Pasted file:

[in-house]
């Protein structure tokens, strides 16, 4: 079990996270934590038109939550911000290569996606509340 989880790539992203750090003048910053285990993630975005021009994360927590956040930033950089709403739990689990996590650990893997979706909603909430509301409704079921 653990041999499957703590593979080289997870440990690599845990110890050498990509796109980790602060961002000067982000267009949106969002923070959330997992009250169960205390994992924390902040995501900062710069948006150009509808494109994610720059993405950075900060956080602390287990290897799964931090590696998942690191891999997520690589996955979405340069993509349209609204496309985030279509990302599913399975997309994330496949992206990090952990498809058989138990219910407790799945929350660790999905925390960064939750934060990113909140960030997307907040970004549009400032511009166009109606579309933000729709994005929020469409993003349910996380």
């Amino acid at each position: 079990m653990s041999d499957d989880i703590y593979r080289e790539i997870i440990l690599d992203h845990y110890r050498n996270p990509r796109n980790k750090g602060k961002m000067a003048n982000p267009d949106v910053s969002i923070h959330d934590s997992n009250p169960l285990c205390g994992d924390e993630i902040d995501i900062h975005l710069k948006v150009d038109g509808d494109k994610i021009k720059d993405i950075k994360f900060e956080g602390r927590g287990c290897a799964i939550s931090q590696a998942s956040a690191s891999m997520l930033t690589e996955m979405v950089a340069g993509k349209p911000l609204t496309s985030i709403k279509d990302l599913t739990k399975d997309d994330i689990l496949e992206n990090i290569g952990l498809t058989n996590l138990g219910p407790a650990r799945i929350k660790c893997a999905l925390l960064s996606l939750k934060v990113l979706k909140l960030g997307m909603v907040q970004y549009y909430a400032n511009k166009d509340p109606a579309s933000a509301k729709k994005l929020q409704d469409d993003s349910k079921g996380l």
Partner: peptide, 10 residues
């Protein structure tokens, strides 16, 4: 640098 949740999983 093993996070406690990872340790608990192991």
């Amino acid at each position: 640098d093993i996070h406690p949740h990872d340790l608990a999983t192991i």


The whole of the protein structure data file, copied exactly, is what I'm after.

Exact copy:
[in-house]
């Protein structure tokens, strides 16, 4: 079990996270934590038109939550911000290569996606509340 989880790539992203750090003048910053285990993630975005021009994360927590956040930033950089709403739990689990996590650990893997979706909603909430509301409704079921 653990041999499957703590593979080289997870440990690599845990110890050498990509796109980790602060961002000067982000267009949106969002923070959330997992009250169960205390994992924390902040995501900062710069948006150009509808494109994610720059993405950075900060956080602390287990290897799964931090590696998942690191891999997520690589996955979405340069993509349209609204496309985030279509990302599913399975997309994330496949992206990090952990498809058989138990219910407790799945929350660790999905925390960064939750934060990113909140960030997307907040970004549009400032511009166009109606579309933000729709994005929020469409993003349910996380």
């Amino acid at each position: 079990m653990s041999d499957d989880i703590y593979r080289e790539i997870i440990l690599d992203h845990y110890r050498n996270p990509r796109n980790k750090g602060k961002m000067a003048n982000p267009d949106v910053s969002i923070h959330d934590s997992n009250p169960l285990c205390g994992d924390e993630i902040d995501i900062h975005l710069k948006v150009d038109g509808d494109k994610i021009k720059d993405i950075k994360f900060e956080g602390r927590g287990c290897a799964i939550s931090q590696a998942s956040a690191s891999m997520l930033t690589e996955m979405v950089a340069g993509k349209p911000l609204t496309s985030i709403k279509d990302l599913t739990k399975d997309d994330i689990l496949e992206n990090i290569g952990l498809t058989n996590l138990g219910p407790a650990r799945i929350k660790c893997a999905l925390l960064s996606l939750k934060v990113l979706k909140l960030g997307m909603v907040q970004y549009y909430a400032n511009k166009d509340p109606a579309s933000a509301k729709k994005l929020q409704d469409d993003s349910k079921g996380l």
Partner: peptide, 10 residues
């Protein structure tokens, strides 16, 4: 640098 949740999983 093993996070406690990872340790608990192991």
């Amino acid at each position: 640098d093993i996070h406690p949740h990872d340790l608990a999983t192991i």